Rapha Trail Gore-Tex Pants review – outstanding, premium-priced waterproof trouser

Rapha's Trail pants combine the brand’s tailoring and design know-how with a well-proven waterproof fabric

Man wearing Rapha Trail Gore-Tex pants with woods behind
(Image: © Mick Kirkman)

BikePerfect Verdict

Pretty much the only thing stopping me awarding top marks here is the very high asking price.


  • +

    Superior cut and fit to rival products

  • +

    Waistband design and reinforced fastener is bulletproof and has a ton of adjustment

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    Tapered leg stays out of the drivetrain’s way

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    Plenty of room for knee pads without looking weird

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    Superb breathability and fabric feel

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    No crazy graphics or styling

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    No excessive zips or vents


  • -

    The sky-high price

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    No zips on thigh pockets

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With or without the deluge that’s been pouring onto the UK recently, waterproof MTB riding trousers are a wardrobe necessity pretty much wherever you live. Keeping legs and backside dry means you can ride in comfort and warmth for way longer in filthy, wet conditions and it also allows riders to hose off rather than clog up washing machines with mud all winter long.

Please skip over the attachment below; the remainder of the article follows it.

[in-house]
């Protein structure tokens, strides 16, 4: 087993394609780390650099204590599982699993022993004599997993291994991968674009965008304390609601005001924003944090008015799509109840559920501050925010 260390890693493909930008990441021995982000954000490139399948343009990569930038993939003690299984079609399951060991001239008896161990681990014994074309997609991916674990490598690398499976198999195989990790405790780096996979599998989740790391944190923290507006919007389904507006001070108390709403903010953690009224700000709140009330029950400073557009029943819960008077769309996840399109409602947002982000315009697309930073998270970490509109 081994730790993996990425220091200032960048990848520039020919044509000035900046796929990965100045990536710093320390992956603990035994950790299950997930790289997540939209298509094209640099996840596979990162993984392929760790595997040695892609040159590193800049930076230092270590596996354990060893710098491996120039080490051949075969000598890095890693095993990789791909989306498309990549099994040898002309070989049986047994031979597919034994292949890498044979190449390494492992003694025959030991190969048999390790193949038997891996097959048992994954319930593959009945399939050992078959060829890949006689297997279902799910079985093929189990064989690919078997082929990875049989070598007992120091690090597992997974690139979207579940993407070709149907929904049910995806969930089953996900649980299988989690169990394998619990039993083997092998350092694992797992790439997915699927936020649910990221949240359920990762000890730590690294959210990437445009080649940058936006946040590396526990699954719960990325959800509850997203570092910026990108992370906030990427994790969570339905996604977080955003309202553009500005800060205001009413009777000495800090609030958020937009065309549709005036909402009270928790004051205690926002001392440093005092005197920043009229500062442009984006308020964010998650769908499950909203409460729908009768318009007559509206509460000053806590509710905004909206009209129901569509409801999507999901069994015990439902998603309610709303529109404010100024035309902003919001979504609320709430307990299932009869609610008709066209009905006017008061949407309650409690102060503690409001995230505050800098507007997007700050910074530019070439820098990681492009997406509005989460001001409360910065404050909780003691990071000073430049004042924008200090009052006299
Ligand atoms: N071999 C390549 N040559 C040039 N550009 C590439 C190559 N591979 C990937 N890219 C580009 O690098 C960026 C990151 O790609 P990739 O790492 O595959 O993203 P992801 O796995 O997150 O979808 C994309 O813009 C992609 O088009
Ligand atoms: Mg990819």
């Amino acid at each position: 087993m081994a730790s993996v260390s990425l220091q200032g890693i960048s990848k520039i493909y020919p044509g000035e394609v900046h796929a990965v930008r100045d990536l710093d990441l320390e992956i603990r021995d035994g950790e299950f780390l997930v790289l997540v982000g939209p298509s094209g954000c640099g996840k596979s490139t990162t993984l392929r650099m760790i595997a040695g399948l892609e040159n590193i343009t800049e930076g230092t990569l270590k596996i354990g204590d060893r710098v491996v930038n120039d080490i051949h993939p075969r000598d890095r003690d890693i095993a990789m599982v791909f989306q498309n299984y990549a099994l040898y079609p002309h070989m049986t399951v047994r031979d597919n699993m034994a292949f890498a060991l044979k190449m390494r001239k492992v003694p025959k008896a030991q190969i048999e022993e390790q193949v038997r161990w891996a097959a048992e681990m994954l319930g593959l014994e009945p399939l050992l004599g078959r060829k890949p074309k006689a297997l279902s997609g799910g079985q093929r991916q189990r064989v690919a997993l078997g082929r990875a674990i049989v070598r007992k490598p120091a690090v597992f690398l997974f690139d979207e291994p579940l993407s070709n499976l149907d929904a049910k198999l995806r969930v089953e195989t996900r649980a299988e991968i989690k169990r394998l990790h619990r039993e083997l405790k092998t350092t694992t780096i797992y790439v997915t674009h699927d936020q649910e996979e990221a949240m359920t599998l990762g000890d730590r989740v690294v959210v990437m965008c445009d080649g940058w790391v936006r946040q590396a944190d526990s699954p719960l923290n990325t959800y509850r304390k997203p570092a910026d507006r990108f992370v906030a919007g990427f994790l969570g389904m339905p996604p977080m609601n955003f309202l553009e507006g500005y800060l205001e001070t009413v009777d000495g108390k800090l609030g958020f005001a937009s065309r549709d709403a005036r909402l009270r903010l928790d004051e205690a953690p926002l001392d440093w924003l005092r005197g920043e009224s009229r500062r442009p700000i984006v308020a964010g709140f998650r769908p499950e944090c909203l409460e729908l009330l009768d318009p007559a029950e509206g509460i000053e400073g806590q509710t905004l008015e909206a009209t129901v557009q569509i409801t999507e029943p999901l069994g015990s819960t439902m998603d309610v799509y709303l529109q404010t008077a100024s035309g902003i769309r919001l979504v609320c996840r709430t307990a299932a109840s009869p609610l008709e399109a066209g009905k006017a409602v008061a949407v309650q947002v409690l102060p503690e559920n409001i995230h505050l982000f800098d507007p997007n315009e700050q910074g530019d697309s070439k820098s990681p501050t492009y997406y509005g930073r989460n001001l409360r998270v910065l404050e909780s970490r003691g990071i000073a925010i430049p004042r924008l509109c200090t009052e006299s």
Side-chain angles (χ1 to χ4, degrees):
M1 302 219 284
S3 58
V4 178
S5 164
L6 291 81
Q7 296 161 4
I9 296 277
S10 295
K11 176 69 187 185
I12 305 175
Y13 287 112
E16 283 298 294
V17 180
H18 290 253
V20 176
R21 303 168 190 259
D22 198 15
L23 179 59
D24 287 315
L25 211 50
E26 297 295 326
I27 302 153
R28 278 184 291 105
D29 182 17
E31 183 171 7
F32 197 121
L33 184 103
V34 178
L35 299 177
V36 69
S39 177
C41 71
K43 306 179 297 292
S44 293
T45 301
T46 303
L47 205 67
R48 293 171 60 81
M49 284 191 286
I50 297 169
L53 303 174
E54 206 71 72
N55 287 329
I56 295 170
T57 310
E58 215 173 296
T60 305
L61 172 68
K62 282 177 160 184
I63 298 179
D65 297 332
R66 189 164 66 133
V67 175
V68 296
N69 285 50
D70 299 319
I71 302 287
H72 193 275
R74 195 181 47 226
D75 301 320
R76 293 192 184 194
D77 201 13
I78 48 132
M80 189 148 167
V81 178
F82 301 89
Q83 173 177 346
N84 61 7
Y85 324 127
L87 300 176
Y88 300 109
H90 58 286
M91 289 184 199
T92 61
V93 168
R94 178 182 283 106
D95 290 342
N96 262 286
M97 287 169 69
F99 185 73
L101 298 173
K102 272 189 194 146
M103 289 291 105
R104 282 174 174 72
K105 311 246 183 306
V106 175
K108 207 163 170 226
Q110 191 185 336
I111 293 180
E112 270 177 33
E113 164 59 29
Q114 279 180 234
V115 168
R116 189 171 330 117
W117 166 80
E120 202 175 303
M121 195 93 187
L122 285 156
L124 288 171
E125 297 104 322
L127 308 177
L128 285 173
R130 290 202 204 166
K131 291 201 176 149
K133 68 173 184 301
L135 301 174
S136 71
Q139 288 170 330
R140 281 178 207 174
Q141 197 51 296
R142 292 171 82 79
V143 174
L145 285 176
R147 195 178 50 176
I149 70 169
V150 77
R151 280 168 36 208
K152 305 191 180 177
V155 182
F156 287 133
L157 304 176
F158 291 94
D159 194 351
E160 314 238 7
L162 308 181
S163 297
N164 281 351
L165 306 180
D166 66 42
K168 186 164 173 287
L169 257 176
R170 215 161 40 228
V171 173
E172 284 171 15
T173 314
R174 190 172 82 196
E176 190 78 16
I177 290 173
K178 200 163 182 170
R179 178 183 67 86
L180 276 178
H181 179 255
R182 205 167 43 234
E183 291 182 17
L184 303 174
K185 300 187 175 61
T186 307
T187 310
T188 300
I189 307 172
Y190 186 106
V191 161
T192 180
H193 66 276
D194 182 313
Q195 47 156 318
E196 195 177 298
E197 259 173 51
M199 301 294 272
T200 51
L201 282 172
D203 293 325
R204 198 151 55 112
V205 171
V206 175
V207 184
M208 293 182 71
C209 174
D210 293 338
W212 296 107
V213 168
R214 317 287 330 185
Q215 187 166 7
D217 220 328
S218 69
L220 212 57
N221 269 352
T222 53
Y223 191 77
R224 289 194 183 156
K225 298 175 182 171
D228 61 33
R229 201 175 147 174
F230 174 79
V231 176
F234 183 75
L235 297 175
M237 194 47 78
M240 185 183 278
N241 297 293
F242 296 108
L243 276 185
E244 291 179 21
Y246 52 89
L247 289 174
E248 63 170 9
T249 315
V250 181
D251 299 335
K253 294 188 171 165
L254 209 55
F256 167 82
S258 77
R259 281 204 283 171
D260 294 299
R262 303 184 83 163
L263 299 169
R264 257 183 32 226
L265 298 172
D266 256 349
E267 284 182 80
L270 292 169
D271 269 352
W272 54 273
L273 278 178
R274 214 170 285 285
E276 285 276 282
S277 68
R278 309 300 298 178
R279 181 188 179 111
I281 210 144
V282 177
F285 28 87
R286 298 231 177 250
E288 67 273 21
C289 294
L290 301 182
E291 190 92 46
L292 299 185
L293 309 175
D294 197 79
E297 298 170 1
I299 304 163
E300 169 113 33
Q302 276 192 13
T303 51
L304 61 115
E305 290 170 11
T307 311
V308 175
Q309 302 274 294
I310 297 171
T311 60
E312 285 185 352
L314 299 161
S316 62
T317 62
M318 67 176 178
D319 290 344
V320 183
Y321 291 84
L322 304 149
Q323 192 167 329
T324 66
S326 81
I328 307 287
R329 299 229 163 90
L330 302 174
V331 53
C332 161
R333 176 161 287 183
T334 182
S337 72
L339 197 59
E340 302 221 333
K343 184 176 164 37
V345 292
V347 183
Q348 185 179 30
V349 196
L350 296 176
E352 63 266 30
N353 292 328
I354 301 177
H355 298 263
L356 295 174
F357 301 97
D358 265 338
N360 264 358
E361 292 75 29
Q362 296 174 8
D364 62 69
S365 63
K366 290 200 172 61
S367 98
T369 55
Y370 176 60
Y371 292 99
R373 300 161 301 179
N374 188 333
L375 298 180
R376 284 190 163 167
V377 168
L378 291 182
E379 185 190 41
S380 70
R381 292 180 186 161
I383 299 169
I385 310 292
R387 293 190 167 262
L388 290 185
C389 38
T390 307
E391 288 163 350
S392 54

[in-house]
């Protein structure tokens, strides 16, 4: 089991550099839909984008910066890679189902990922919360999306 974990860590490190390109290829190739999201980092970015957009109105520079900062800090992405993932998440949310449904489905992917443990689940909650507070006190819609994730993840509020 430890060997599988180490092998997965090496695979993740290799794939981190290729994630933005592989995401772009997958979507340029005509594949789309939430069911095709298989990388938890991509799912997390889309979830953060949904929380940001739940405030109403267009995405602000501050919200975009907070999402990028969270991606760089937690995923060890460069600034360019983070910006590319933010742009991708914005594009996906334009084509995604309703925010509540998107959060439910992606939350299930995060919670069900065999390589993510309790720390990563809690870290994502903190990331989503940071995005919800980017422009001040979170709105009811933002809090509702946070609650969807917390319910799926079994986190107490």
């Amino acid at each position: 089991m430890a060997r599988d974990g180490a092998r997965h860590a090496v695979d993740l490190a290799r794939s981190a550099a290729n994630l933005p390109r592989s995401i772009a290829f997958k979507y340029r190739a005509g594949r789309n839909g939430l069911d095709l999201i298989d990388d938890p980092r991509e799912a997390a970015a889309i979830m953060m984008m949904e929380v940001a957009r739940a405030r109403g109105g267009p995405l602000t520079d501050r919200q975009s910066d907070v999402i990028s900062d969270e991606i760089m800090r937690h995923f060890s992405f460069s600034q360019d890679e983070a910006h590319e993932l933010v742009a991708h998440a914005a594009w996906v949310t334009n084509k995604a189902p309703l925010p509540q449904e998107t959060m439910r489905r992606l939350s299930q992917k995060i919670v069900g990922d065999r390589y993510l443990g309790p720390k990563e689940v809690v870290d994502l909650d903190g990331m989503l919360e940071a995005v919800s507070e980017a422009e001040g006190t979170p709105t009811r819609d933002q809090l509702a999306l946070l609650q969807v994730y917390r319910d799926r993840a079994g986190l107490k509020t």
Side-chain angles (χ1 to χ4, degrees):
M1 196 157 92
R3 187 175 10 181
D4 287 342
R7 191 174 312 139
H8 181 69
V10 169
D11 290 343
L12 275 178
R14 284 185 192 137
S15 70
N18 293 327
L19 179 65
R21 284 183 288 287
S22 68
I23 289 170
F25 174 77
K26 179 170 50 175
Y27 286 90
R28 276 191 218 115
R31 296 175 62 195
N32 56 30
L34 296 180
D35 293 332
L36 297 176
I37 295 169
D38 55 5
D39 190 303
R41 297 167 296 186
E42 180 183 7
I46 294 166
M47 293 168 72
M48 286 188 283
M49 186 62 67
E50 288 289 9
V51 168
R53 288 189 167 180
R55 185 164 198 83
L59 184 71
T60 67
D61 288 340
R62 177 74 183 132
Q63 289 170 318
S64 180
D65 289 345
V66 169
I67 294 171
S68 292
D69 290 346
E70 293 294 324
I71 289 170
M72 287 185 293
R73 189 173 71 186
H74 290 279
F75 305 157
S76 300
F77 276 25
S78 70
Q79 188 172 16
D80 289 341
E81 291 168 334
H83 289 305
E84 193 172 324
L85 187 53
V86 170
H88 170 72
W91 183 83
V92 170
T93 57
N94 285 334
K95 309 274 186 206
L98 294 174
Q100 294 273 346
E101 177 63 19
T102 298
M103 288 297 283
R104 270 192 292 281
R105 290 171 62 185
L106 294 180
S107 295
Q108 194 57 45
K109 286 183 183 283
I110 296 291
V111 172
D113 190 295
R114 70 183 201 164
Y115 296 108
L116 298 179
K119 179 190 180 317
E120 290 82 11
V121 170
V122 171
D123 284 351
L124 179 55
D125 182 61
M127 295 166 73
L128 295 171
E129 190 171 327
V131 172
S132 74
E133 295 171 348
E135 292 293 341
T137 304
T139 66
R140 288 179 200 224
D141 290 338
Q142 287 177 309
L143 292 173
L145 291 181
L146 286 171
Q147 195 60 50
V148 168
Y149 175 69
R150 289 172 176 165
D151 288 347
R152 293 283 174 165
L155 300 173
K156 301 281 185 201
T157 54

I’ve tested dozens of waterproof MTB trousers over the years and if you don’t want to read further, I’ll start by saying these Rapha Gore-Tex Pants are by a margin the best I’ve tried to date. The (significant) catch though is the UK brand that’s best known for swanky road cycling kit and lifestyle gear is asking some serious money for them.

Back of man wearing Rapha Trail Gore-Tex pants with woods behind

They are a comfortable, slim cut, without any of the flappiness often found in waterproof pants (Image credit: Mick Kirkman)

Design and specifications